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Saturday, June 8, 2013
There is a hopeful Tom Waits song entitled “You Can Never Hold Back Spring.” Until recently, I was disputing that notion but, sure enough, spring finally did show itself for one day on May 28. Now it is summer, or at least seems like it. So much for the legendary Virginia spring season I have relentlessly promoted to my brother in order to encourage him to visit me here. Being from California, he is only familiar with two seasons: warm and not as warm.
But at least one day of spring is better than none. In Vermont, spring is only a calendar designation. When I was living there I realized the seasons consist of two weeks of leaf peeping (fall), early winter, winter, late winter, mud and maybe several weeks of summer. Vermont gardening establishments begin their end-of-season closeout promotions on July 31, prepping for the inevitable mid-August frosty mornings. I sure hope the global climate change phenomenon is not going to eliminate spring from Southwest Virginia.
In April, I noticed the birds and presumably the bees were getting a late start on their annual activities. The usual cacophony of activity from both species seemed abnormally absent during our wintry April except for the bird nest outside my office window, established last year by robins.
I knew they were robins because my wife told me so; otherwise, they would have been just birds to me. She knew because their eggs were blue. Go figure: Blue eggs beget red robins.
My office has a narrow, precarious window sill that the robins decided would be a perfect location to make a home for the family they were planning to have. I know little of birds’ mating habits, but establishing a homestead on a window sill?
I watched all this unfold last year. I witnessed the building of the nest, the birth of baby robins and their rapid growth to maturity. I felt as if I was in a National Geographic reality show. The nest must have been very well-built for it miraculously survived the past winter, intact.
Robins appear to be a socially responsible lot, as this year they have allowed birds of a different feather to use of the nest. I watched the first set of white eggs (therefore not robins) in the nest hatch babies, get fat and eventually fly the coop, as the saying goes. Now the nest has two more little white eggs sitting in it, presumably put there by the same pair of birds. This couple is on a mission.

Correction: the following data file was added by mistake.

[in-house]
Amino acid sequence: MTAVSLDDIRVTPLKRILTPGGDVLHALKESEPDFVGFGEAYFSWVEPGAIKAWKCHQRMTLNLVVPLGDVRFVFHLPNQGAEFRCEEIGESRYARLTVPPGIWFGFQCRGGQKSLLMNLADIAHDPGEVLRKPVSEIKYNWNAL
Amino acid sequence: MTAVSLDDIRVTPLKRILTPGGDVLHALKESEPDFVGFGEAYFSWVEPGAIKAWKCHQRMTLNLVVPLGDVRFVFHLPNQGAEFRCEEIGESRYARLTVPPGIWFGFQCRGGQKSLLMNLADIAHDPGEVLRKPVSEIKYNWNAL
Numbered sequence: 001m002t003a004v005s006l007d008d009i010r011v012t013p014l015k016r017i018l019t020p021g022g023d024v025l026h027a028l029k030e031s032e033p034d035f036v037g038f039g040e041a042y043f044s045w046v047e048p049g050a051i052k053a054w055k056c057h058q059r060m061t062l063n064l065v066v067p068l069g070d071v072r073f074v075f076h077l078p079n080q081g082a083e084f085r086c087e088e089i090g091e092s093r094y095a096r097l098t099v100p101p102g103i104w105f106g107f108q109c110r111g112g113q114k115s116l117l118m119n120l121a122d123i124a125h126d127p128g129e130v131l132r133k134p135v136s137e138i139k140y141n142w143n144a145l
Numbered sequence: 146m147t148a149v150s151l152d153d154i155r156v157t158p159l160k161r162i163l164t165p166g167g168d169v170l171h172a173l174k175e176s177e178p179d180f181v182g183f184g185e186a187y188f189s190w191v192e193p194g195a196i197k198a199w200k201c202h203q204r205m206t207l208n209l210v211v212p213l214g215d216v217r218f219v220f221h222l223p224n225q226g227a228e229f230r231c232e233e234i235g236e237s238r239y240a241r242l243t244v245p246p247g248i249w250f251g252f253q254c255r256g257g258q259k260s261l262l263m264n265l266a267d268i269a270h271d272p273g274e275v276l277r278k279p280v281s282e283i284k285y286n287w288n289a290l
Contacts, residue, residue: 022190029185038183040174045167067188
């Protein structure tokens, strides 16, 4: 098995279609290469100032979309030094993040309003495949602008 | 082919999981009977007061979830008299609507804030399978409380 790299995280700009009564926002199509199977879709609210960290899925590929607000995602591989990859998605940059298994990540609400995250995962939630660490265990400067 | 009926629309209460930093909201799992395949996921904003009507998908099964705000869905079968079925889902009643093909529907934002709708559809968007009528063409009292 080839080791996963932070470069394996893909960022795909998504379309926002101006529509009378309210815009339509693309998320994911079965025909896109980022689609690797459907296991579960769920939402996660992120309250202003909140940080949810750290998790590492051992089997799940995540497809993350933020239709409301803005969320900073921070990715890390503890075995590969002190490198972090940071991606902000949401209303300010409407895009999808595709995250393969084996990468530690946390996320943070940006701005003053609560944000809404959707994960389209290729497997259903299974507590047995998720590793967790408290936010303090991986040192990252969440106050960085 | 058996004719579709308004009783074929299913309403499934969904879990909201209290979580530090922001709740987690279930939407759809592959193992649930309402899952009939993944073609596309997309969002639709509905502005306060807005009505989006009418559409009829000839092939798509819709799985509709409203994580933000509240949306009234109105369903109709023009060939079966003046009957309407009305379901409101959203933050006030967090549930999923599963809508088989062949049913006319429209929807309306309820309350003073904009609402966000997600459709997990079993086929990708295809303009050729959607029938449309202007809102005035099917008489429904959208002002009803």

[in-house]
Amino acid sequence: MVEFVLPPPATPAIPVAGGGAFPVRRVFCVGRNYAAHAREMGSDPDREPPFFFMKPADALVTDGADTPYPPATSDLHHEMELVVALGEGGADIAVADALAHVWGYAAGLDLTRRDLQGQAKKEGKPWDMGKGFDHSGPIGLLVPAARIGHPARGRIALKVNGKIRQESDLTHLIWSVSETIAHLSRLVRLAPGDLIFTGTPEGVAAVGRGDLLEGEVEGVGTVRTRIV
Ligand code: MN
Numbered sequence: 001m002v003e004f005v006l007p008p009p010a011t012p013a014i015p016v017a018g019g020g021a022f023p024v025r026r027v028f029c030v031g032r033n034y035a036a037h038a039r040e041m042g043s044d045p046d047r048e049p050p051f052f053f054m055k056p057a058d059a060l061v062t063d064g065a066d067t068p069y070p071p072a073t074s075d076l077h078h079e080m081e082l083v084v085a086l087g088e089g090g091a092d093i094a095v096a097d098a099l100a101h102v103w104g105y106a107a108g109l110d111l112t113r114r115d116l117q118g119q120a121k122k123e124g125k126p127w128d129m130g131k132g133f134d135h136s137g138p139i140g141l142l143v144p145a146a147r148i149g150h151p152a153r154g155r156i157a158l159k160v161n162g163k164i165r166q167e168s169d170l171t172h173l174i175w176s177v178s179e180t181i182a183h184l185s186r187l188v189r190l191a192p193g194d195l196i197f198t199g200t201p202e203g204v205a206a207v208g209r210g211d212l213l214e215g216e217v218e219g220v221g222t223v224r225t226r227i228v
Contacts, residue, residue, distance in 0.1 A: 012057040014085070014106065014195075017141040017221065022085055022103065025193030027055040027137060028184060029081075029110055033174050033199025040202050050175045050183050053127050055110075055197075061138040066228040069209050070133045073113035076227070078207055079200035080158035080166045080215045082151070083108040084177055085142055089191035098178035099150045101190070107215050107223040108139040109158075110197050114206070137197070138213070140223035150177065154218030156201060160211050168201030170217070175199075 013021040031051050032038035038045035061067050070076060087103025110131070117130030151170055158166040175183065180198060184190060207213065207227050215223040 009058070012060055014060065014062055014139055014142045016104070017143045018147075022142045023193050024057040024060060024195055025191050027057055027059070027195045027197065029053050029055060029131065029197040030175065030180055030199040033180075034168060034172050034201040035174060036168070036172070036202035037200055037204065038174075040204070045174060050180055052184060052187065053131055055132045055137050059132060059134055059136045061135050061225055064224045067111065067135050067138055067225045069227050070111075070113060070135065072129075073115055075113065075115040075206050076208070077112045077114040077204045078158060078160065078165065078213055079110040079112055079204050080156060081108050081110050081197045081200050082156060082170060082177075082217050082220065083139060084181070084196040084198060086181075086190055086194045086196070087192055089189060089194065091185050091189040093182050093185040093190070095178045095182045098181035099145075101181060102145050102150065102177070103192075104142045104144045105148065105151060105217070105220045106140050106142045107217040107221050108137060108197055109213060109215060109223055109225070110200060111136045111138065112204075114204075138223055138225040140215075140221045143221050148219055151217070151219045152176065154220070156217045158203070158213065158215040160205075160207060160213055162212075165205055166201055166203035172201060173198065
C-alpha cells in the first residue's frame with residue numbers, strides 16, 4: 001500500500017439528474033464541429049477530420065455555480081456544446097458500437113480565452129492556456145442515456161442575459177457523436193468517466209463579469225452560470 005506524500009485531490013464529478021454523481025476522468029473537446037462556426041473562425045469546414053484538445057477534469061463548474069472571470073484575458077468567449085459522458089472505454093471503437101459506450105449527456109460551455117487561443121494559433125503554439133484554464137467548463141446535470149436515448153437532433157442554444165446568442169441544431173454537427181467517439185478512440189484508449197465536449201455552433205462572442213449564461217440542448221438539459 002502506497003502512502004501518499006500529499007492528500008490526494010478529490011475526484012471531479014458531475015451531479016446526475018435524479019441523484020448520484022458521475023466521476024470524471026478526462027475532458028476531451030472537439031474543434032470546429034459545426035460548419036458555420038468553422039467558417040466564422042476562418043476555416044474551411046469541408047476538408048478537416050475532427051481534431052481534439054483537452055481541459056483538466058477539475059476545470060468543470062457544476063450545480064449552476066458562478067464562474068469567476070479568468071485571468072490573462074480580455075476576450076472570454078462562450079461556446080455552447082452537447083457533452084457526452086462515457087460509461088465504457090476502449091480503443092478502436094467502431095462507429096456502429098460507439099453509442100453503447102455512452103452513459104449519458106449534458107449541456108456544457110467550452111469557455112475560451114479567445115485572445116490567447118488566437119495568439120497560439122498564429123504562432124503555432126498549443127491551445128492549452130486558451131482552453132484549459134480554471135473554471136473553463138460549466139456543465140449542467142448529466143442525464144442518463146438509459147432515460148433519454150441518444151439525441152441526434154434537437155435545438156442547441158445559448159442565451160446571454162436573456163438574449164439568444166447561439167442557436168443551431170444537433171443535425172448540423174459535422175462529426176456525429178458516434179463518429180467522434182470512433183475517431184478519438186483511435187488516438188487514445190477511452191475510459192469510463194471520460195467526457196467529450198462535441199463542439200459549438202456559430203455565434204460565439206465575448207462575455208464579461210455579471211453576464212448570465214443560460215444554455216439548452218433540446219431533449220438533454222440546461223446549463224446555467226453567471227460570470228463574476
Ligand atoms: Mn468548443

There are benefits to having a late-arriving spring. One is the lack of weeds taking over my yard, except for the dandelions. Some do not view the dandelion as a weed, however. The late Ray Bradbury, in his classic work “Dandelion Wine,” used the dandelion as a metaphor for packing all the joys of summer into a single bottle of wine.
The downside of a late spring is that people you see around the neighborhood during nice weather might not be recognized after the long winter spent indoors. Such was the case when twice this past week I encountered a friend, the wife of a golfing buddy, not realizing it was her. Several days later, the same thing happened when I ran into her again at a Daleville Town Center music event. The first incident was humorous, but the second occurrence has me wishing Ken 2.2 gets released soon.
With summer finally upon us, the Daleville Town Center is becoming a favorite setting for gatherings. A popular band called The Tams was performing their vintage 1960s material at the event. I learned they were one of Jimmy Buffett’s favorite bands when he was a youngster. How times have changed! He has gone from “Margaritaville” to buying up local newspapers. Correction: My wife informs me this is a different Mr. Buffett.
But you really can never hold back spring. Birds and bees are doing what they do. June weddings are on the calendar. And proud parents, like me, attended graduations in May patiently listening for the name of a special person to be announced among the several thousand graduates receiving diplomas.
And my brother did finally acquiesce to my many years of hype about springtime in Virginia and showed up to participate in a golfing event with me. Fortunately, I was able to recognize him when he arrived at the airport.
Weather JournalStorm track isn't very snowy for us